I hold my energy closer to my body now. It's hard to explain, but suppose I'm walking across my bedroom to pick up my shoes. There used to be part of me that reached out to grasp the shoes ahead of my hands, but now I feel that I could stumble on something before I get there, or I've mistaken something else for my shoes which are actually lost forever, or I'll be stopped by some other thing that I've forgotten or never imagined. So I try to keep my attention centered on where I am, not an inch or a second farther.
One song lyric, which you've all heard a hundred times, turns out to be a powerful mantra when things are going badly: "Hold your head up, movin on, keep your head up, movin on."
October 4. When I said that a perfect life is one with no obligations, I was trying to get at something more fundamental, but so obvious it's hardly worth saying: a perfect life is one where every action is intrinsically rewarding. And a perfect society is one where every action by everyone is intrinsically rewarding.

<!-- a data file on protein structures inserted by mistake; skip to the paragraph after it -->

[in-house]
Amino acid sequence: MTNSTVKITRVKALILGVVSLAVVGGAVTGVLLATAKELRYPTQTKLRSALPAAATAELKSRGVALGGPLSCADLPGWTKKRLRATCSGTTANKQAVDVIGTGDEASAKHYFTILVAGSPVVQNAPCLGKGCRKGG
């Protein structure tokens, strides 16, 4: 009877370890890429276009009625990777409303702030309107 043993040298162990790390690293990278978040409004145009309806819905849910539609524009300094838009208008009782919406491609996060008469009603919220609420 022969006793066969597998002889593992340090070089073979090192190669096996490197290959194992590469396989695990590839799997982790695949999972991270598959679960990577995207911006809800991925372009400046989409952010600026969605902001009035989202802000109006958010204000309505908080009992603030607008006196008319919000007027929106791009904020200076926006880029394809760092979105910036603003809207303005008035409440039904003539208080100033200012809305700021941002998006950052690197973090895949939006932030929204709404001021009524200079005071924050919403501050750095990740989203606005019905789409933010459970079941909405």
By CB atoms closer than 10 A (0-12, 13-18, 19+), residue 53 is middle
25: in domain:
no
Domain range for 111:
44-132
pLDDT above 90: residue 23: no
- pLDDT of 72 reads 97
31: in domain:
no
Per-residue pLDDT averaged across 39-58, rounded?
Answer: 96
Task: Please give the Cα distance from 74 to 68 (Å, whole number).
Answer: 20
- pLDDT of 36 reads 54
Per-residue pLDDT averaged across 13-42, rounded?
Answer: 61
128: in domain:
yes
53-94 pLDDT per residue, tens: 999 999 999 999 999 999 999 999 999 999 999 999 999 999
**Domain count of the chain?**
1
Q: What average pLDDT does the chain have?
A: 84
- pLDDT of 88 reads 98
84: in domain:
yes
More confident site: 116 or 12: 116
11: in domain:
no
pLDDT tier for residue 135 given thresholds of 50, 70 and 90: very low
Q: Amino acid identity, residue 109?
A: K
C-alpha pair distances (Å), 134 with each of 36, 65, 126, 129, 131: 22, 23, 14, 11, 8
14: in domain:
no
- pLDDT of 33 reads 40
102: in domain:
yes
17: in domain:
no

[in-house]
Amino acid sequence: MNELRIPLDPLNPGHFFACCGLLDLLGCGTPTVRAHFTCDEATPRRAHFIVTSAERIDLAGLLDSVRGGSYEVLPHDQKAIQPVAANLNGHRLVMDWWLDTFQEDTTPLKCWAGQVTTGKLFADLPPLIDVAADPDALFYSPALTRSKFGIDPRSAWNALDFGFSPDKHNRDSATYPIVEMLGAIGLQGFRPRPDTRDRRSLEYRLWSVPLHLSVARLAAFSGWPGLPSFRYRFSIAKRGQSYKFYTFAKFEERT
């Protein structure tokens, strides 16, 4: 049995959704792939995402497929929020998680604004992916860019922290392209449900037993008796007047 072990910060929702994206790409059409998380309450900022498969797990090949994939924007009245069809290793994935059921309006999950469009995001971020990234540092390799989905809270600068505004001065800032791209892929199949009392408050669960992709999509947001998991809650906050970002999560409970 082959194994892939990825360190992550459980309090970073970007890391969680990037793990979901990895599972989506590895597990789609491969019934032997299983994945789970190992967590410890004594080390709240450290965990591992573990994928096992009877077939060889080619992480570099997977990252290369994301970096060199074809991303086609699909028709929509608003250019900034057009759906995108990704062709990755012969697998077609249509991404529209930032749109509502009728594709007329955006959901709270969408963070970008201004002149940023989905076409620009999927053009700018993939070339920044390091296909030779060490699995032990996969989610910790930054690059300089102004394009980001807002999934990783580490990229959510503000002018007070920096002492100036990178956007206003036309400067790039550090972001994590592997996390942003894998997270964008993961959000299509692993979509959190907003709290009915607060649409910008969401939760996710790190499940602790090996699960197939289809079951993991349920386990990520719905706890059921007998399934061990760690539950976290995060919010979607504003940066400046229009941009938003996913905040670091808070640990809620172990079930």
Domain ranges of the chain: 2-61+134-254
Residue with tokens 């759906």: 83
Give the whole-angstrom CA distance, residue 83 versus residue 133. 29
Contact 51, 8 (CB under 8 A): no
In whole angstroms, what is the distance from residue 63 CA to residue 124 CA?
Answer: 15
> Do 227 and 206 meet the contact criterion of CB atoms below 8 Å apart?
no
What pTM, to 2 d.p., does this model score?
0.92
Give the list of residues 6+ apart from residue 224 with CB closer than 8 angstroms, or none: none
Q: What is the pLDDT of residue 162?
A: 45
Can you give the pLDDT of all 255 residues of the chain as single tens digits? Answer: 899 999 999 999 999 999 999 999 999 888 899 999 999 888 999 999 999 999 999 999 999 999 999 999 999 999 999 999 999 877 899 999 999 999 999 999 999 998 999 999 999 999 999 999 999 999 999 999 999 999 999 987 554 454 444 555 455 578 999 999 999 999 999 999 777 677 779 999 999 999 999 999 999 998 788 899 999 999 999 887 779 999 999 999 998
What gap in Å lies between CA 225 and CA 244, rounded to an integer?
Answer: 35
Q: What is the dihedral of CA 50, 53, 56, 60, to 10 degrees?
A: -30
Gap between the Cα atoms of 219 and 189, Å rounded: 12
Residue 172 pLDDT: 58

This is not as unrealistic as it sounds. At the beginning of his book In Search of the Primitive, Stanley Diamond argues that many tribal cultures, said by anthropologists to make no distinction between work and play, would be more fairly described as doing no work. Of course they do lots of stuff that might feel like work to us, but they carefully maintain a cultural and psychological context where everything necessary to keep the tribe going feels like what we would call play.
How did we get from there to here, where we spend half our lives doing useful chores, and the other half having useless fun, with almost no overlap? This is how I imagine the Fall of Man: not that we were lured from innocent righteousness by wicked fun, but that we were lured from fun by stodgy pragmatism, when someone said, "I don't care if you don't feel like doing it, you're going to do it anyway." Or maybe it started with prehistoric slavery, and once it became normal to separate useful activity from freely chosen activity, it got locked in, and it spread.